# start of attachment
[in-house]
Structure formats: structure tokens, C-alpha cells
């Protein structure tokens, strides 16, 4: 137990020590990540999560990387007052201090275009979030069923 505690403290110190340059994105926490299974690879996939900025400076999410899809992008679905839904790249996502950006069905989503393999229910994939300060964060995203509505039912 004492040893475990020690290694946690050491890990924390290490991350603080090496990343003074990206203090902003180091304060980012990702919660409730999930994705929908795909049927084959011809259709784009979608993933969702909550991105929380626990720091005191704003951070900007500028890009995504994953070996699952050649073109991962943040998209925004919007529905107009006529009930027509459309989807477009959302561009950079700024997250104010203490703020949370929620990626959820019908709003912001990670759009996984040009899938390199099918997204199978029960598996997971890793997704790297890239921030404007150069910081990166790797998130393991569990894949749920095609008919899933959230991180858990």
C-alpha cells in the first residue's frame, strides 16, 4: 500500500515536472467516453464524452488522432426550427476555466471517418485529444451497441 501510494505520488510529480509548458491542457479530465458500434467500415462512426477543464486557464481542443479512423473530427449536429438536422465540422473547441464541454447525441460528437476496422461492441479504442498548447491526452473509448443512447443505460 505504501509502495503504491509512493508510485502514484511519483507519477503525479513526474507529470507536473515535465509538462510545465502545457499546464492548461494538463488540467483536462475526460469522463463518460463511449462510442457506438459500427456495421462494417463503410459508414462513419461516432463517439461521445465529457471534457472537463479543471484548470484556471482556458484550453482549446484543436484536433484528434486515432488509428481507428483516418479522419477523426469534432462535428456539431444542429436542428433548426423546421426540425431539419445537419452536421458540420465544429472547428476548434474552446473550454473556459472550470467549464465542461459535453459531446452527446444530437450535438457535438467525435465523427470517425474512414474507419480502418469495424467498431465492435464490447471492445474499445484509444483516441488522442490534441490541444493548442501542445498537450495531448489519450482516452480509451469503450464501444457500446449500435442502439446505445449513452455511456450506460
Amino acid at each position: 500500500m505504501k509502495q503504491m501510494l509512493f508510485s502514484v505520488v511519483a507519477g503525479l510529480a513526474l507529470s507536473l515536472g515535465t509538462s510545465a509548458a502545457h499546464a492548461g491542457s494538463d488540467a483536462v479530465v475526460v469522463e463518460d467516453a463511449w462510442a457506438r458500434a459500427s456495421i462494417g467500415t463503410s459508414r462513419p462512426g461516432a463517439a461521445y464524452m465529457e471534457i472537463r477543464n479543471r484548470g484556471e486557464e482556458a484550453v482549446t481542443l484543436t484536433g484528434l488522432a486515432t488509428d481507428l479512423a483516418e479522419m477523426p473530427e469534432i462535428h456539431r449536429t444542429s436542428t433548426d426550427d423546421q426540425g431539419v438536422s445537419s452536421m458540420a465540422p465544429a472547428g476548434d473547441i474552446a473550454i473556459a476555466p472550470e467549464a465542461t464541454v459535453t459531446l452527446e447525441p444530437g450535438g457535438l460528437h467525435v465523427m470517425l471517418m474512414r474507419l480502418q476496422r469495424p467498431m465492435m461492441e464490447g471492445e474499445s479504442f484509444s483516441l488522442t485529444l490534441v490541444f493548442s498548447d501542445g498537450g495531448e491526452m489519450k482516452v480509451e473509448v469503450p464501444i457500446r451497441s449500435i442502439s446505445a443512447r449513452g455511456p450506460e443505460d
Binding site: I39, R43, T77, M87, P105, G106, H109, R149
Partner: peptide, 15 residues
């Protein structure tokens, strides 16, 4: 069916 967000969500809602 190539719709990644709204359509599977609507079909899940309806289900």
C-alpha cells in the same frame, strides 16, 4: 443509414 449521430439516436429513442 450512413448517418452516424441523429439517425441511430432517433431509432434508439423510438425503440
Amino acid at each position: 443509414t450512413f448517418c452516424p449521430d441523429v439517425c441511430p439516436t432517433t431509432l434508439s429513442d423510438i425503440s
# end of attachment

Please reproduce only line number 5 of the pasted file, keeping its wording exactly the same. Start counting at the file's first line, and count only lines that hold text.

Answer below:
Amino acid at each position: 500500500m505504501k509502495q503504491m501510494l509512493f508510485s502514484v505520488v511519483a507519477g503525479l510529480a513526474l507529470s507536473l515536472g515535465t509538462s510545465a509548458a502545457h499546464a492548461g491542457s494538463d488540467a483536462v479530465v475526460v469522463e463518460d467516453a463511449w462510442a457506438r458500434a459500427s456495421i462494417g467500415t463503410s459508414r462513419p462512426g461516432a463517439a461521445y464524452m465529457e471534457i472537463r477543464n479543471r484548470g484556471e486557464e482556458a484550453v482549446t481542443l484543436t484536433g484528434l488522432a486515432t488509428d481507428l479512423a483516418e479522419m477523426p473530427e469534432i462535428h456539431r449536429t444542429s436542428t433548426d426550427d423546421q426540425g431539419v438536422s445537419s452536421m458540420a465540422p465544429a472547428g476548434d473547441i474552446a473550454i473556459a476555466p472550470e467549464a465542461t464541454v459535453t459531446l452527446e447525441p444530437g450535438g457535438l460528437h467525435v465523427m470517425l471517418m474512414r474507419l480502418q476496422r469495424p467498431m465492435m461492441e464490447g471492445e474499445s479504442f484509444s483516441l488522442t485529444l490534441v490541444f493548442s498548447d501542445g498537450g495531448e491526452m489519450k482516452v480509451e473509448v469503450p464501444i457500446r451497441s449500435i442502439s446505445a443512447r449513452g455511456p450506460e443505460d